Since the words finance and technology were merged to define the new “fintech” era, the United Kingdom and Germany have been the dominant leaders in the European market.
That remains the case today, but two other nations have been increasing their presence and showing that they have what it takes to pump out innovation and build companies capable of making waves on the global market.
From 2013 to 2016, France saw its percentage of overall fintech funding in Europe increase from just 6% to 10%, according to the research firm CB Insights. So far in 2017, that trend is continuing, with France accounting for 11% of the regional total.
And with more than 450 fintech deals closing for more than $2 billion USD in 2016, per CB Insights, the percentage is growing even as the overall size of the pie also expands — at least partially in response to a governmental push to boost the French fintech sector.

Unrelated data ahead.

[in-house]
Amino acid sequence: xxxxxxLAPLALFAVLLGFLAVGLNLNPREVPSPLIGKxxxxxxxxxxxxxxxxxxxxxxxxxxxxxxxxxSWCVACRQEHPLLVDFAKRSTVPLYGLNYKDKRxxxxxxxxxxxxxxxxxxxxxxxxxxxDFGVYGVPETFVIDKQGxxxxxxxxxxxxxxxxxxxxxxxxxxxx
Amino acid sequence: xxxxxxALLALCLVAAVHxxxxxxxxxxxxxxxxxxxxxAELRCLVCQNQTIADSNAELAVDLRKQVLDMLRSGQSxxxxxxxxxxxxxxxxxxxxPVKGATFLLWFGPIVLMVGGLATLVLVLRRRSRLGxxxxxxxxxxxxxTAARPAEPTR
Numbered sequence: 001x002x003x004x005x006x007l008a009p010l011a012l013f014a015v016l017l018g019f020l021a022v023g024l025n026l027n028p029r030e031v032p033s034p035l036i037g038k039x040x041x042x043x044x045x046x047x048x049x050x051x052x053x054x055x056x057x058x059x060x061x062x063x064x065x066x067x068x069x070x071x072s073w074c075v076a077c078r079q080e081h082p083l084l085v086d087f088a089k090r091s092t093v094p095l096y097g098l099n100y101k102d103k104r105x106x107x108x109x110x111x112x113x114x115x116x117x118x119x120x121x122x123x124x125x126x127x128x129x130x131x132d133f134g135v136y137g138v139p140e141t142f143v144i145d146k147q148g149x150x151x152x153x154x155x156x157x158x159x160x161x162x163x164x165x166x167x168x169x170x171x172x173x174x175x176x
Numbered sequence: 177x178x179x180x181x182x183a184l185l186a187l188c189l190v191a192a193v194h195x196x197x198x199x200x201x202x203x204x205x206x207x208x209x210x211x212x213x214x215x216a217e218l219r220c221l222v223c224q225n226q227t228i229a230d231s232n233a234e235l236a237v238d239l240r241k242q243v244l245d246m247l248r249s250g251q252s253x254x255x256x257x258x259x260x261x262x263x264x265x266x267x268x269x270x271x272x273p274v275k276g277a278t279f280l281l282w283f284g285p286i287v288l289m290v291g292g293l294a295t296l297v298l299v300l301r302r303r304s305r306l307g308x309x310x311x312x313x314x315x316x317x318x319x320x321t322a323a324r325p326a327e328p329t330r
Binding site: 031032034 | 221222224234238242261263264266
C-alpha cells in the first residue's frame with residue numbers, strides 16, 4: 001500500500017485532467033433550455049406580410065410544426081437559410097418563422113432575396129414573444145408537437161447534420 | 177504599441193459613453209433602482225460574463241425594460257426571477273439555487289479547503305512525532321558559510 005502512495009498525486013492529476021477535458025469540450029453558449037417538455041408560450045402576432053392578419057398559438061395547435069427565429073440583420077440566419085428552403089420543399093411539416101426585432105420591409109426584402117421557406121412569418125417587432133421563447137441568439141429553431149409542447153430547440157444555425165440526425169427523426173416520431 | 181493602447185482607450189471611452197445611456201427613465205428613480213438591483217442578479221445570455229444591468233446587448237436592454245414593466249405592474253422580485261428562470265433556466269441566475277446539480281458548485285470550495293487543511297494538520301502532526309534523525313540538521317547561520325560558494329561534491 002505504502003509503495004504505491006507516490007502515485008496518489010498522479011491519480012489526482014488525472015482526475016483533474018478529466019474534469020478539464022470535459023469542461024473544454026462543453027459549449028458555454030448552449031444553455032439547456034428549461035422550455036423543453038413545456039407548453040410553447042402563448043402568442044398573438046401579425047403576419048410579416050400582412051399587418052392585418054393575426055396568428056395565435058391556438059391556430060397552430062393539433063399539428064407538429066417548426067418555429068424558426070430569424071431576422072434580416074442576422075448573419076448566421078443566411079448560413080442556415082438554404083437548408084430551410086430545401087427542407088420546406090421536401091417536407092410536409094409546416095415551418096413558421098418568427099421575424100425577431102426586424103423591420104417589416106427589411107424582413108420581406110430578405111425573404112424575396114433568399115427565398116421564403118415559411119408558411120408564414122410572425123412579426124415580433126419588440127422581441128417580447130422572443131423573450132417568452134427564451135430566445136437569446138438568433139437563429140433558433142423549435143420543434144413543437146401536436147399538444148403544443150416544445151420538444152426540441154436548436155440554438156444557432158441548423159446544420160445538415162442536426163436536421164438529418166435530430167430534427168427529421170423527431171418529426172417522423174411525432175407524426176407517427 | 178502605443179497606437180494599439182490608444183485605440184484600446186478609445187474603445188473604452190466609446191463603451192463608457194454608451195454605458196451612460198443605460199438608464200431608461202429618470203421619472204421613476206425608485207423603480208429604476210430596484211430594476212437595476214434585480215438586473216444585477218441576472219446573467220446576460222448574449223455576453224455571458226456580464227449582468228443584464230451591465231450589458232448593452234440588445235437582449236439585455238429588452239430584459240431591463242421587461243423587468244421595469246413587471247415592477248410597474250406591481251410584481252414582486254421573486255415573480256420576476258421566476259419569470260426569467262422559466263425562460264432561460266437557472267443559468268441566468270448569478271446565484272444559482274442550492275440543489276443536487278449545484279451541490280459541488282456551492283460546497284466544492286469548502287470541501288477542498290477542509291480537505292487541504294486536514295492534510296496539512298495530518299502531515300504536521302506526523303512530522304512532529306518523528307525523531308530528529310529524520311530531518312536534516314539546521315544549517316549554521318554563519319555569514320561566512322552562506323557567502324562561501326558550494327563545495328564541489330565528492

Sweden is seeing even more of a bump this year. It has showed progress in fits in starts in recent years, with 9% of Europe’s fintech funding in 2014 but just 6% the following year. But halfway through 2017, it is sitting at 12% — easily the nation’s best results in the period analyzed by CB Insights.
“This healthy performance is possibly being driven by high-profile homegrown successes such as Klarna, whose media exposure may be attracting more investors to the country,” according to Business Insider.
Given the volume of transactions overall, and CB Insights calling the entire region “one of the hottest global fintech hubs,” such research lends even further credence to the notion that there may be more dealmaking and activity on the horizon for fintech in Europe.